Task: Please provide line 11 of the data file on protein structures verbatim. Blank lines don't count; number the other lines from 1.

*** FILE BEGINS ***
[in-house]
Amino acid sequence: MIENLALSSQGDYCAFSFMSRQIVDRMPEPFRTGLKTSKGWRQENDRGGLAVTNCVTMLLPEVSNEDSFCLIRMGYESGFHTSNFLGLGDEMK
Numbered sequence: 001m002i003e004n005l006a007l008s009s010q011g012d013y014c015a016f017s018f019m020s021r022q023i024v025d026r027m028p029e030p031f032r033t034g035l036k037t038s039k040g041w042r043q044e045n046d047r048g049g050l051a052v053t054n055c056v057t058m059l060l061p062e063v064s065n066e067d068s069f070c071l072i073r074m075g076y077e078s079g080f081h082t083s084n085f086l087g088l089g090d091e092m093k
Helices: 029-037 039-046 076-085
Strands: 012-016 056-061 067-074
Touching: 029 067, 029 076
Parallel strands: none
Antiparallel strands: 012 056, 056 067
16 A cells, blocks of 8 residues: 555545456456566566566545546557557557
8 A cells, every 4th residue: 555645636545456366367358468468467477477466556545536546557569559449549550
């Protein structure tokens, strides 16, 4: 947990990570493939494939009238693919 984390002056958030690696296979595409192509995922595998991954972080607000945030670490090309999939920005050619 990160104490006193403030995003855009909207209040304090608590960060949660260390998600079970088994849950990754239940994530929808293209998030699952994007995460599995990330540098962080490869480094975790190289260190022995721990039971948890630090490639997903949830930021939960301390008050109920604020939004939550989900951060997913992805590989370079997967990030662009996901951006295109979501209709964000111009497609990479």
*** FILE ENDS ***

């Protein structure tokens, strides 16, 4: 947990990570493939494939009238693919 984390002056958030690696296979595409192509995922595998991954972080607000945030670490090309999939920005050619 990160104490006193403030995003855009909207209040304090608590960060949660260390998600079970088994849950990754239940994530929808293209998030699952994007995460599995990330540098962080490869480094975790190289260190022995721990039971948890630090490639997903949830930021939960301390008050109920604020939004939550989900951060997913992805590989370079997967990030662009996901951006295109979501209709964000111009497609990479």